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Greek Theatre

4. Democracy

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About this Lecture


In this module, we consider the extent to which Greek tragedy might be considered a ‘democratic’ institution, focusing in particular on: (i) the fact that the tragic festivals – the Great Dionysia, Lenaea, etc. – were organised and authorised by the democratic polis; (ii) the (differing) views of Prof. Simon Goldhill and P. J. Rhodes; (iii) the relative lack of any discussion of democracy in extant tragedy, with some notable exceptions (e.g. Theseus in Euripides’ Suppliant Women, Pelasgus in Aeschylus’ Suppliant Women), at least one of which is a negative example; (iv) the tension in tragedy between the wellbeing of the polis and the wellbeing of individual tragic ‘heroes’ (better referred to as tragic ‘autocrats’ or ‘tyrants’); and (v) the idea that the destruction of the tragic hero at the end of tragedy actually represents a ‘happy’ ending from the point of view of the polis.


In this course, Professor Richard Seaford (University of Exeter) explores several aspects of Greek tragedy and comedy. In the first module, we think about the contribution made by vase painting to our understanding of Greek theatre. After that, we think about the significance of the chorus in Greek tragedy and comedy In the third module, we consider what Greek theatre can tell us about contemporary history and society, before turning in the fourth module to think about the extent to which Greek theatre was a ‘democratic’ institution. In the fifth module, we consider the importance of ritual for the understanding of Greek theatre, before moving on in the sixth module to consider the ‘purpose’ of Greek theatre. Is it supposed to teach us something? If so, what? In the seventh module, we think about the importance of music and spectacle to Greek theatre. And in the eighth and final module, we consider whether Greek theatre is better understood as a traditional genre or an innovative one.


Richard Seaford is a professor of the Department of Classics and Ancient History at the University of Exeter in England. He is the author of academic books, especially on ancient Greece, and has penned over seventy academic papers.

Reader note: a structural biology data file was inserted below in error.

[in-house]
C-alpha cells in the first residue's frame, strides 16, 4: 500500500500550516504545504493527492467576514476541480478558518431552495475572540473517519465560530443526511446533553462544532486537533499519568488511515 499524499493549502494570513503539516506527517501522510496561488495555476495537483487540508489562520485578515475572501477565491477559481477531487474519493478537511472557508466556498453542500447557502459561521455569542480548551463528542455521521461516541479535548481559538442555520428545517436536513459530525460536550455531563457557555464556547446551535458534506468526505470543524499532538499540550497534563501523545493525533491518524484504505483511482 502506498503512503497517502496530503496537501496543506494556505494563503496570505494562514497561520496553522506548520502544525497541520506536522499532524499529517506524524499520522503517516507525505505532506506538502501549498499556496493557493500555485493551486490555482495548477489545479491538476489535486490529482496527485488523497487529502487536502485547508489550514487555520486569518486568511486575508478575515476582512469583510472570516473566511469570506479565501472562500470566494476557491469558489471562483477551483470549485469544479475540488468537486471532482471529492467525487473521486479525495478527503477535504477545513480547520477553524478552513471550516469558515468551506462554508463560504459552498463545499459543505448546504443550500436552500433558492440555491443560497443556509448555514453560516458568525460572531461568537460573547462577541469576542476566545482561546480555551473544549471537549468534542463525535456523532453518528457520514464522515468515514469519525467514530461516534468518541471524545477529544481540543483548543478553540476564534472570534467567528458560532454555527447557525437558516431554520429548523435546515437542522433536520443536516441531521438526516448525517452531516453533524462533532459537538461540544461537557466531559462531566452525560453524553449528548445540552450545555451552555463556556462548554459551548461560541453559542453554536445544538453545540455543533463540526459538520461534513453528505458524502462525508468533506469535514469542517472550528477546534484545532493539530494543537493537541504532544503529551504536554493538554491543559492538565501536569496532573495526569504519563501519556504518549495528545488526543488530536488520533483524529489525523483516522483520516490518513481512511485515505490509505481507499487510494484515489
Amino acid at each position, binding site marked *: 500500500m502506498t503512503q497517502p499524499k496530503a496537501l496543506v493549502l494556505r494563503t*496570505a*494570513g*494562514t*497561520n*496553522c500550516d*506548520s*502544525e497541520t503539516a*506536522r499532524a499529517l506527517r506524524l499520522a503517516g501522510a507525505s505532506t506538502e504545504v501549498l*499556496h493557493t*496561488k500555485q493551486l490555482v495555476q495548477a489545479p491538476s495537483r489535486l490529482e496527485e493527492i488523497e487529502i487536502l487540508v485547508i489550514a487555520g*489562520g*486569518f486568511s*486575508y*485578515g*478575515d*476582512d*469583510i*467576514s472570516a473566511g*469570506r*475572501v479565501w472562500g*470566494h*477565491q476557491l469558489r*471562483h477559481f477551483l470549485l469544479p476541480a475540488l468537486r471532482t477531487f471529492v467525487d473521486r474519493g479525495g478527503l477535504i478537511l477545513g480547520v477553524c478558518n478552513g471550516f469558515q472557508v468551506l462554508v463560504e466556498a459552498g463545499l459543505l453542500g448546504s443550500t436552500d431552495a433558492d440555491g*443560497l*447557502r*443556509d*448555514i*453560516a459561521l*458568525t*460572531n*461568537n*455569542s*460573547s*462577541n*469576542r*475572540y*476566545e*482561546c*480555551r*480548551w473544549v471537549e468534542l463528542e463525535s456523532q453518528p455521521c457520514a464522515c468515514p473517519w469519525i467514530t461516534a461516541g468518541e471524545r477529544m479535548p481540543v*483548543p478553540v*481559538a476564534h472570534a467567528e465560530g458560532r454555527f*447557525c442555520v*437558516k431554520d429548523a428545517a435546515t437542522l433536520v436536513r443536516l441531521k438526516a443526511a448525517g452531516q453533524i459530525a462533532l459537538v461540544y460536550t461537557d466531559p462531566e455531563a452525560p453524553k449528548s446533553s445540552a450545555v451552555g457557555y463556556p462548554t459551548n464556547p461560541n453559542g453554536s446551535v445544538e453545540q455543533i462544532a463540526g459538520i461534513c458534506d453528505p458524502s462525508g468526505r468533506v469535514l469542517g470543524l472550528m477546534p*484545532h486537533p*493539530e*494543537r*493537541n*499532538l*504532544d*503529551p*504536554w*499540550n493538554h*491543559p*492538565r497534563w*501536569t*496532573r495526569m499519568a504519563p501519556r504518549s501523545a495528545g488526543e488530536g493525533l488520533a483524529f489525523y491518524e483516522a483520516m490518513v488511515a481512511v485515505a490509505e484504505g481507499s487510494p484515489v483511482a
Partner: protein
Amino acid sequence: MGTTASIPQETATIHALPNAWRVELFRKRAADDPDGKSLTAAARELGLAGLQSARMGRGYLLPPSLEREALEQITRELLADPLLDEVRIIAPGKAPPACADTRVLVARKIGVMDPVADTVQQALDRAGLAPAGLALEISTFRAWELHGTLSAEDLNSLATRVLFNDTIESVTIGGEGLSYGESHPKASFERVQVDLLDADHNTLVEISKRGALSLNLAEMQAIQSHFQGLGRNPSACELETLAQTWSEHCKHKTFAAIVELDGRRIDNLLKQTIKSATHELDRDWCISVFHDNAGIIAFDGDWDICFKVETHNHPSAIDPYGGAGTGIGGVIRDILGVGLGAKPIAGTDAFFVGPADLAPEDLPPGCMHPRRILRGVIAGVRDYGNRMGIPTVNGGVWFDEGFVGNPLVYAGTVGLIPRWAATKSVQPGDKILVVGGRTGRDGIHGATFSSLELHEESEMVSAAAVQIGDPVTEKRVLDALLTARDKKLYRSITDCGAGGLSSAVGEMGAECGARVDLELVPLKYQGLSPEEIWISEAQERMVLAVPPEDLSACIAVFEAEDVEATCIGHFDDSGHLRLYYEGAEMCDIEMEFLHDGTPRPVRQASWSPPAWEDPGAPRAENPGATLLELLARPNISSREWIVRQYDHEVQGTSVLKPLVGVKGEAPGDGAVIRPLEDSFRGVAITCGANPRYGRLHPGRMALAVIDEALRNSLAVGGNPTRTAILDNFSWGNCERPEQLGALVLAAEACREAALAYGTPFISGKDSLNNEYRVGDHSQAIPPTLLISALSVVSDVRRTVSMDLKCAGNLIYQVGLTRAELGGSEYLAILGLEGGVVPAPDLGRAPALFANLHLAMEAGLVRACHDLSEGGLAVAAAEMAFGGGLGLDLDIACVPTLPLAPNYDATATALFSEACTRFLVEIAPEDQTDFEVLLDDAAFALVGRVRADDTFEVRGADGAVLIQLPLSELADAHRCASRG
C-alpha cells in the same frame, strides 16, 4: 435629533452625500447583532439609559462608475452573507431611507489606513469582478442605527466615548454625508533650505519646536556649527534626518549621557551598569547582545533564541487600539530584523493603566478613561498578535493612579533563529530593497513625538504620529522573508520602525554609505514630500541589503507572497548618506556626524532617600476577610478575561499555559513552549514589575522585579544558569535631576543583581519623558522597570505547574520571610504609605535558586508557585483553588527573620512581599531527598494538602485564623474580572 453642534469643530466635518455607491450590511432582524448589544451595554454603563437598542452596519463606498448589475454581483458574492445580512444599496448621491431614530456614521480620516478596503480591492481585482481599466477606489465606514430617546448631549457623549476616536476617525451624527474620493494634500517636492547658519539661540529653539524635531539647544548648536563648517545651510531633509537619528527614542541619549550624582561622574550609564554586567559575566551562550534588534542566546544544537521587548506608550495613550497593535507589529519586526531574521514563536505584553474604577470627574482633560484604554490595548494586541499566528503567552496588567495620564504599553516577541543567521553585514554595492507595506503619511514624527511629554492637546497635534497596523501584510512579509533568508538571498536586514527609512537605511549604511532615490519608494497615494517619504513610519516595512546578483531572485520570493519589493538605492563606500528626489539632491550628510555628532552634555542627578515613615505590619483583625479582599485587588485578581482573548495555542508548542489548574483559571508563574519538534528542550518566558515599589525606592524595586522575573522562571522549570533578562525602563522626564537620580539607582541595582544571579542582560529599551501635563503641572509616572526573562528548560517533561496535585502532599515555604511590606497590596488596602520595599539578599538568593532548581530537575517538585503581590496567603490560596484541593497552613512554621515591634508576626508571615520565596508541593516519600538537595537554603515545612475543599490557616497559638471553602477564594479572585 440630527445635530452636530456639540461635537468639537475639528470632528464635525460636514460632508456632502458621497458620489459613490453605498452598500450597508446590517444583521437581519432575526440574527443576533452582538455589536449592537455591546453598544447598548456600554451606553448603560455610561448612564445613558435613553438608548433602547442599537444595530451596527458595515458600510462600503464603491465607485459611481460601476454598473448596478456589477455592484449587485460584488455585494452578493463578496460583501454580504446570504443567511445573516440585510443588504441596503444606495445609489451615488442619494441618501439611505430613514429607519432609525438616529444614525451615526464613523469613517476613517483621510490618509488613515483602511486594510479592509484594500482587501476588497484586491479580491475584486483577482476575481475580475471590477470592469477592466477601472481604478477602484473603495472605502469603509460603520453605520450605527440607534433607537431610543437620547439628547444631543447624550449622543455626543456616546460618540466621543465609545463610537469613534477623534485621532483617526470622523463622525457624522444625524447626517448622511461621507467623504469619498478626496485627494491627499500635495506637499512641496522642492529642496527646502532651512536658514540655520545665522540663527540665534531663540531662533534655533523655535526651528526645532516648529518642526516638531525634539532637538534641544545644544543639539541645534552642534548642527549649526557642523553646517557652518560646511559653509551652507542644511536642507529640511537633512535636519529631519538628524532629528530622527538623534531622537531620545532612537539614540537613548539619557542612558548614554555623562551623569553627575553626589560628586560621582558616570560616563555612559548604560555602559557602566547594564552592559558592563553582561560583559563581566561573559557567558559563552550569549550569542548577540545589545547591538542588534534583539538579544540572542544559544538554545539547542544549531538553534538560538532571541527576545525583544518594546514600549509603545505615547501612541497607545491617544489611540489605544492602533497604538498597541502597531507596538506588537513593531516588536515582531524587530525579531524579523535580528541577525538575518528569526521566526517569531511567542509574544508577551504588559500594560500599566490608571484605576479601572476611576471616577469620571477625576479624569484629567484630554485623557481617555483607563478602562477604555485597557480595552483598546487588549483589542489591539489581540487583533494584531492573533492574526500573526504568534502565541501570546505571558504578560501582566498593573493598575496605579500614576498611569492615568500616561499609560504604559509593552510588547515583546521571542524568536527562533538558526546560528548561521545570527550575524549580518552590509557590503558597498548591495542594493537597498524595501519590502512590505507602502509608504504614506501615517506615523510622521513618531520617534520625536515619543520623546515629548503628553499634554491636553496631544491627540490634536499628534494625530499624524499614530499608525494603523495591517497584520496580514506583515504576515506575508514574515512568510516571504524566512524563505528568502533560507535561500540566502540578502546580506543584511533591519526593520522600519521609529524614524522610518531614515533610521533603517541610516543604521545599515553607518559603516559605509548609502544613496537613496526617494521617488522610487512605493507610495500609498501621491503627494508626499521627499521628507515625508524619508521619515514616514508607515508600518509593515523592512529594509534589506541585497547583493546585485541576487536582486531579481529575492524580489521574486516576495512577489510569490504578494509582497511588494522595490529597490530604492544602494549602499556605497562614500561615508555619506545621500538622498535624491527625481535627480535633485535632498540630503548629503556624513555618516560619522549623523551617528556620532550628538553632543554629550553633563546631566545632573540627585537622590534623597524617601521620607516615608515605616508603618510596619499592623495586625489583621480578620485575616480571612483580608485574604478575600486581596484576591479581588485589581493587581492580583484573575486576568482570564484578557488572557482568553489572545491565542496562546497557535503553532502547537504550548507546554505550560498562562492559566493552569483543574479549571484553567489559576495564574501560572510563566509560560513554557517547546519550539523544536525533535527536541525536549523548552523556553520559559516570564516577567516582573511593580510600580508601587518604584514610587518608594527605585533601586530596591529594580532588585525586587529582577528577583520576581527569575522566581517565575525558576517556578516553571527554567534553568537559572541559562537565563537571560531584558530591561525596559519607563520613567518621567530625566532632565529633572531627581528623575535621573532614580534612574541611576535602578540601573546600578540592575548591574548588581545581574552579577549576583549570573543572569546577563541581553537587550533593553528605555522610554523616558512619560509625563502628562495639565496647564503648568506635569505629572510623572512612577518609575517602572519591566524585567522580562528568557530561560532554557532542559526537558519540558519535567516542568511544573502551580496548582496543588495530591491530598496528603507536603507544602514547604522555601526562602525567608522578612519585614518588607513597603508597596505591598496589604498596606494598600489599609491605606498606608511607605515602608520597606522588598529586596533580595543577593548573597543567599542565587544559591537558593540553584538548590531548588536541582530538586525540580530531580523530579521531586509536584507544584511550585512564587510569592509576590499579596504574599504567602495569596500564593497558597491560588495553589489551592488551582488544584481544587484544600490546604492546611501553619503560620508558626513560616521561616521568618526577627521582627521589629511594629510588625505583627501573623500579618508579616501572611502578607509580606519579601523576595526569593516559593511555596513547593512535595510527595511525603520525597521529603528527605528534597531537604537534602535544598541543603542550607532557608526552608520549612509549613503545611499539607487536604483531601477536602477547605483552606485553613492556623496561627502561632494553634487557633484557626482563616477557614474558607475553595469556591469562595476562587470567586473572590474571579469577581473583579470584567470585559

His work on Athenian tragedy and religion has led him to investigate the historical conditions for the radical development of Greek culture in the sixth century BC (sometimes called the origin of European culture), and to argue that a crucial factor in this development was money: the advanced Greek polis of this period was the first society in history that we know to have been thoroughly monetised.

Money and the Early Greek Mind. Homer, Tragedy, Philosophy (Cambridge 2004) explores the socio-historical conditions that made this first monetisation possible as well as its profound cultural consequences, notably the invention of 'philosophy' and of drama.

The investigation is taken further in several recent papers, for instance in ‘Money and Tragedy’ in W. V. Harris (ed.), The Monetary Systems of the Greeks and Romans (2008). His most recent book is Cosmology and the Polis: the Social Construction of Space and Time in the Tragedies of Aeschylus (Cambridge 2012). In 2005-2008 he was awarded a Leverhulme Major Research Fellowship by the Leverhulme Trust. For 2013-4 he was awarded an AHRC Fellowship for a comparative historical study of early Indian with early Greek thought.

Cite this Lecture

APA style

Seaford, R. (2020, March 13). Greek Theatre - Democracy [Video]. MASSOLIT.

MLA style

Seaford, R. "Greek Theatre – Democracy." MASSOLIT, uploaded by MASSOLIT, 15 Mar 2020,